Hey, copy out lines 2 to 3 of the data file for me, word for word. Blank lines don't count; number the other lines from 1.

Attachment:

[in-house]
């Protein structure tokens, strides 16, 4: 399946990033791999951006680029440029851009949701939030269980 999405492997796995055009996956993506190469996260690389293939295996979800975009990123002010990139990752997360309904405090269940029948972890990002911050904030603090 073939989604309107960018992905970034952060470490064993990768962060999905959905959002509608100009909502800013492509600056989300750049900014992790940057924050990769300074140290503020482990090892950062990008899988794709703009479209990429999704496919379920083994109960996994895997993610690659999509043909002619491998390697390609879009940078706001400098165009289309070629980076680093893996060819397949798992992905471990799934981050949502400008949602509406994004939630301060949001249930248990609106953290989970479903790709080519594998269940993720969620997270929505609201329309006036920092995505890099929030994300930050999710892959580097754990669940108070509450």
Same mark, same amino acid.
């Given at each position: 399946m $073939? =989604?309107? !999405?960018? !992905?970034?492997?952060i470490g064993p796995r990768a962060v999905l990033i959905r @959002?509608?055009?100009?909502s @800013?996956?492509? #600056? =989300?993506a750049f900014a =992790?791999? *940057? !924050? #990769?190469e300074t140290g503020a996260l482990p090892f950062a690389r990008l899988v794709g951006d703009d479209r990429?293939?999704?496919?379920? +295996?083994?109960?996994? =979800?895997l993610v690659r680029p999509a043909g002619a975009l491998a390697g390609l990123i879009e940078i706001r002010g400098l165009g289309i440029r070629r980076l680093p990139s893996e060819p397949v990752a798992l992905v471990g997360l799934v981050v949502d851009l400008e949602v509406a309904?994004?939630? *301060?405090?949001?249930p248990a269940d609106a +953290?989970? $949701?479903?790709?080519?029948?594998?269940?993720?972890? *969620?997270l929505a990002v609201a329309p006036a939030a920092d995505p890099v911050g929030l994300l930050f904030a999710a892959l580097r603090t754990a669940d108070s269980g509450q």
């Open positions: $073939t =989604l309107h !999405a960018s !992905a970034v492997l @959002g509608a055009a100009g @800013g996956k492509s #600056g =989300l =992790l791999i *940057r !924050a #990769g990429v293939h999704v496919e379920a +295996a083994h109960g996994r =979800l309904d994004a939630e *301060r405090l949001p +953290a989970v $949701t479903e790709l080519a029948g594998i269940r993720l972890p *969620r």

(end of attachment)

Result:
């Protein structure tokens, strides 16, 4: 399946990033791999951006680029440029851009949701939030269980 999405492997796995055009996956993506190469996260690389293939295996979800975009990123002010990139990752997360309904405090269940029948972890990002911050904030603090 073939989604309107960018992905970034952060470490064993990768962060999905959905959002509608100009909502800013492509600056989300750049900014992790940057924050990769300074140290503020482990090892950062990008899988794709703009479209990429999704496919379920083994109960996994895997993610690659999509043909002619491998390697390609879009940078706001400098165009289309070629980076680093893996060819397949798992992905471990799934981050949502400008949602509406994004939630301060949001249930248990609106953290989970479903790709080519594998269940993720969620997270929505609201329309006036920092995505890099929030994300930050999710892959580097754990669940108070509450």
Same mark, same amino acid.